Sunday, September 28, 2014
The Virginia 10 Miler is a wonderful event attracting a lot of community support and thousands of local participants as well as elite national and international runners.
Unfortunately for me Lynchburg is known as the “Hill City.” I’ve written many times about how I hate hills. There’s a very active running club there with a large contingent of senior citizen women who run those hills all the time.
Fortunately there’s also a 4 mile option and yesterday was the 4th time I’ve attempted it since 2007 when I was a mere 60 years old.
We all start together including the separate 4 mile walkers division – over 3,000 of us. The Symphony Orchestra’s brass quartet entertained beforehand and played the National Anthem for a classically trained singer. Members of the 82nd Airborne all ran with bib # 82 in honor of a comrade, a local man killed in Afghanistan just last week.
Rounded to the nearest tenth:
The first 1.5 miles is all downhill. I’m good at that. Gravity is my friend.
Then it’s 1.7 miles uphill – an endless slog for me.
The last .8 to the 4 mile finish is flat.
Usually you check your pace at mile markers.
For me it was all about the 3 sections and this is how it worked out.
9:45 pace for section 1
11:06 pace for section 2 – endless killer hill (walk “breaks” totaled 8 minutes)
9:50 pace for section 3
I was thrilled with my final time of 41:53 (average pace 10:28). Only 10 seconds off my PR (5 years ago)
Because of the size of the race and festivities afterwards, age group awards are posted online and medals mailed.
I got 3rd place in my 65-69 age group, but only 3 SECONDS out of 2nd and 1:15 behind 1st place. I’ve never been that close to those athletic, speedy women before.
Lucky for me 2 other fast women elected to do the entire 10 miles. You know that 1.5 mile downhill at the start? That’s what the 10 milers have to climb to the finish. Tough course indeed.
I felt great at the end and after the race things got even better (see yesterday’s blog).
Yeah, I know. To race well on hills, you must train on hills. Maybe this time I’ll actually do it.
Note: Race organization was superb. There were so many porta-potties that lines were almost non-existent. At the 4 mile finish buses were provided to take us back to the start (and the 10 miler finish). Lots of good healthy food, music etc. A great day all around.
Thursday, September 25, 2014
Like other sparkers I often write about my efforts to encourage DH to adopt a healthier lifestyle.
Looking through my blogs I noticed that I never included his picture.
So here we are.
When the photographer had us pose like this, I thought it was silly. Now I like it.
We’ve been together a long time. Here’s our first date in June 1963.
My hair was dark and he had hair.
We met at a party the night before.
I was invited at the last minute, but told to say I was 18.
I was almost 16.
51 years later he still calls me “the kid”
DH is only 2 1/2 years older than me, but back then:
he was in college and I was in high school
he could drink legally and I couldn't
he could drive and I couldn't
So it seemed like a lot.
Saturday, September 20, 2014
That’s the moment in time when we realize that we have to make some changes, even if we’re not sure at that moment what they should be.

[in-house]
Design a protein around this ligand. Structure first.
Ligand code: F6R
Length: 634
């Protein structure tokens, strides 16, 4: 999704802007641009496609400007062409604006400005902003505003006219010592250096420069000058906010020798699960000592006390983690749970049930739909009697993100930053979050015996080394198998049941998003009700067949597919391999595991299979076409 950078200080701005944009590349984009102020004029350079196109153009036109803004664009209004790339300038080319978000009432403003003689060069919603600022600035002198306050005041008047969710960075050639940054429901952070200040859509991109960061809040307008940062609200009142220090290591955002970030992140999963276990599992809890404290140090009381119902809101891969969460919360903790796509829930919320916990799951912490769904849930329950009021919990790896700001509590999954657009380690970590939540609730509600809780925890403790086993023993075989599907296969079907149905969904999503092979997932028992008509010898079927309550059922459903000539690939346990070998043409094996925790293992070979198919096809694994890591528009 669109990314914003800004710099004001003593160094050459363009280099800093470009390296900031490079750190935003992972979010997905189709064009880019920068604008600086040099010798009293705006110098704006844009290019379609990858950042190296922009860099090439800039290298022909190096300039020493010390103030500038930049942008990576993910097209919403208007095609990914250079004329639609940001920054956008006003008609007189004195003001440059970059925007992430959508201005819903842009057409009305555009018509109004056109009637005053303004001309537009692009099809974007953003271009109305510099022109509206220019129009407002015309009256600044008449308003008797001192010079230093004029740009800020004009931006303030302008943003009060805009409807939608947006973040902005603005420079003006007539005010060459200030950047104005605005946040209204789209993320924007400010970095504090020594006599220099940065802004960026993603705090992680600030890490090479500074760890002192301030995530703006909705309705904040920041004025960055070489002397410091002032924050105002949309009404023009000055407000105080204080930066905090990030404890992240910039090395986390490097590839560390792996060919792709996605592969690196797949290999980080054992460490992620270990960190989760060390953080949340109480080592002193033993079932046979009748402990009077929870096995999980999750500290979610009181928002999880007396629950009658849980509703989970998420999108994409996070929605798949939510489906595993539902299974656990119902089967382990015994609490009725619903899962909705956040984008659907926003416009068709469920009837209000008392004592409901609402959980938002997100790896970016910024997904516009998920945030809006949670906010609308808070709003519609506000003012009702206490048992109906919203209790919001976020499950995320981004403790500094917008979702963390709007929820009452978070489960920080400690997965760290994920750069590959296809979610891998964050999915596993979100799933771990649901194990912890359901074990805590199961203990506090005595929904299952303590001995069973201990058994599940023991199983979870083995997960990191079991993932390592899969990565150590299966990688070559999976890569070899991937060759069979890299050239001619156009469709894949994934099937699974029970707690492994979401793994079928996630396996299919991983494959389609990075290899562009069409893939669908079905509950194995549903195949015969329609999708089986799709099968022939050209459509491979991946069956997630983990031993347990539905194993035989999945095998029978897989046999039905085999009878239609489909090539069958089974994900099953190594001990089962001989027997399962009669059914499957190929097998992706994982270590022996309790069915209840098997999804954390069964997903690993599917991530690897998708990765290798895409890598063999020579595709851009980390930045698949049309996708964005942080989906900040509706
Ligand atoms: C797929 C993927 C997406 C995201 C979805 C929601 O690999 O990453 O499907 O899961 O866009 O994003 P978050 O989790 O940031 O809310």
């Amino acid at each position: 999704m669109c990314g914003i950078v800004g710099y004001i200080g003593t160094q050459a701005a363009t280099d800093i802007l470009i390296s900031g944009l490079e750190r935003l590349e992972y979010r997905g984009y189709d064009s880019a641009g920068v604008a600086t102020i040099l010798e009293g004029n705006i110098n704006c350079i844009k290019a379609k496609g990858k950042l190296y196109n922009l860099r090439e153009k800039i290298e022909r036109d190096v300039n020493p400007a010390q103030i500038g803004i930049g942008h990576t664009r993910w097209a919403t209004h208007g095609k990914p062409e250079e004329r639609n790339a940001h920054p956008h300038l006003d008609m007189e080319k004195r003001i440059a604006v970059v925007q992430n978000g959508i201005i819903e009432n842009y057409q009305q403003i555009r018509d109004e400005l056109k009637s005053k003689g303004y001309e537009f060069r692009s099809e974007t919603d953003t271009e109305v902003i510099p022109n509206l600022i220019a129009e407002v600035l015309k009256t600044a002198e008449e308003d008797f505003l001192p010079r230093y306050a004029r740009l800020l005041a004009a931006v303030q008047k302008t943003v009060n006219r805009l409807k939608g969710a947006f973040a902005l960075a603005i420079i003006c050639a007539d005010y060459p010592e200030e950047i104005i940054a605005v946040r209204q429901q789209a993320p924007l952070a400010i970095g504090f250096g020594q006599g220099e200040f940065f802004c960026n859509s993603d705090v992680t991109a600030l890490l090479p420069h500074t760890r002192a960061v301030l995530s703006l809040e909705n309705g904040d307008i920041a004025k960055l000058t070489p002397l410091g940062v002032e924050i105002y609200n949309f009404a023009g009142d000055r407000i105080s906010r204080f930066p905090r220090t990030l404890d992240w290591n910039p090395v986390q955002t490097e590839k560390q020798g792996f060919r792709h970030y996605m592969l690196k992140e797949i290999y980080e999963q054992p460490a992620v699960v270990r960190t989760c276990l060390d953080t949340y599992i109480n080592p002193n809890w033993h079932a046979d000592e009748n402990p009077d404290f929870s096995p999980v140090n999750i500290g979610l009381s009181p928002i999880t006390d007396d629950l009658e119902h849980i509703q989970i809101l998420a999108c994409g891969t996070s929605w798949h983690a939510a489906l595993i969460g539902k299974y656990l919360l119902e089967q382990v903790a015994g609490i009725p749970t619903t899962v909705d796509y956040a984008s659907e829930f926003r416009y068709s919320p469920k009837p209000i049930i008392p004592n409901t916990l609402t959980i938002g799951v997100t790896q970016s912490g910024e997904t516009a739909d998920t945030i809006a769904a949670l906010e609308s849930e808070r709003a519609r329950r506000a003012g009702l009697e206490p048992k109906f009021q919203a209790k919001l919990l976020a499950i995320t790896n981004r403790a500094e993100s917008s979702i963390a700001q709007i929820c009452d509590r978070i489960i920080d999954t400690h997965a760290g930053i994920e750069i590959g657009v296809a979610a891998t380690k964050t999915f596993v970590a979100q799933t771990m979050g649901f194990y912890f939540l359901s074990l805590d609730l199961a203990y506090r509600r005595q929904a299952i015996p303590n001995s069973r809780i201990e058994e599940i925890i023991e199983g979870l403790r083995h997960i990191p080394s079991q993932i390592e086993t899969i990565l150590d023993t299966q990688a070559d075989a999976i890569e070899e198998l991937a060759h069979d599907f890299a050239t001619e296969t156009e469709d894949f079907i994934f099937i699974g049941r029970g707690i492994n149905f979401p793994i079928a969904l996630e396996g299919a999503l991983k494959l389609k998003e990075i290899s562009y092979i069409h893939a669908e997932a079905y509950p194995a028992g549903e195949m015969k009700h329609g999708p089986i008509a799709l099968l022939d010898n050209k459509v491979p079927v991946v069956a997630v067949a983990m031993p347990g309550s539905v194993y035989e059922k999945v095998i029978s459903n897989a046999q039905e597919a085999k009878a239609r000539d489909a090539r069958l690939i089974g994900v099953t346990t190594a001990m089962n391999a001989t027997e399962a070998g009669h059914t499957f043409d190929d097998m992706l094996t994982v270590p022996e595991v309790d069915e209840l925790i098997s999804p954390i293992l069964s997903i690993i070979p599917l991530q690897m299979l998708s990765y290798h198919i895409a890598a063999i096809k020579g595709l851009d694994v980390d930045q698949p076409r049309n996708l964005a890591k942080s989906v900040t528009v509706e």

Here I am on Dec 6, 2008 holding the mug which was the award for first place in my age group in our town’s annual 5K. Notice the smile (grimace?) on my face. Next to me is my daughter (sparker Hayburner1969) holding a turkey – my award for being the oldest woman running.
I wasn’t unhappy with my prizes, but I remember the thoughts going through my head at that moment.
My running times had been gradually getting slower even though I was training the same as ever. This race was my slowest 5K ever. The result wasn’t bad “for my age” but I was wondering what else I could do.
In my 20s I considered myself to have a “small” frame
In my 30s I revised that. I figured I had a “medium” frame.
By age 40 I had redefined myself again. I had a LARGE frame so I really wasn’t overweight. Those extra pounds were just filling in what I needed all along.
So there I was active, fit and dragging 25 extra pounds around happily in denial until Dec 6th 2008. After all, my body was also active and fit 25 pounds ago so why did I need to carry it around now?
On Jan 1st I decided to seriously evaluate what I was eating. I found Sparkpeople and that was exactly what I needed. My daughter gave me a food scale and the food tracker was a real eye opener. I wrote yesterday about my distorted ideas of “portion.”
VERY small gradual changes in my eating habits allowed me to VERY slowly drop the extra weight. I didn’t feel deprived. It was so gradual, my body hardly noticed. Yes, it was easier because I was active. Exercise was never my problem. Food was. As they say “you cannot outrun your fork!”
One year later in the very same race I ran over 3 minutes faster. This time I didn’t even win. A woman from the next city ran a 28. However, I had already won. I reached my goal weight at Thanksgiving 2009 and have been hanging in there ever since.
Yesterday BA5454 wrote that she has run at both 175 lbs and 125 lbs.
She said, “Guess which is easier.”
So thank you BA5454 Your blog reminded me of my own journey.
Note: This isn’t about winning. In the end we’re really only competing with ourselves. I understand that with age we will all slow down in a lot of ways. Speed like success is relative. I know I can’t turn back time, but with a healthy lifestyle, I’d like to slow it down a bit.
Now my smile is genuine.
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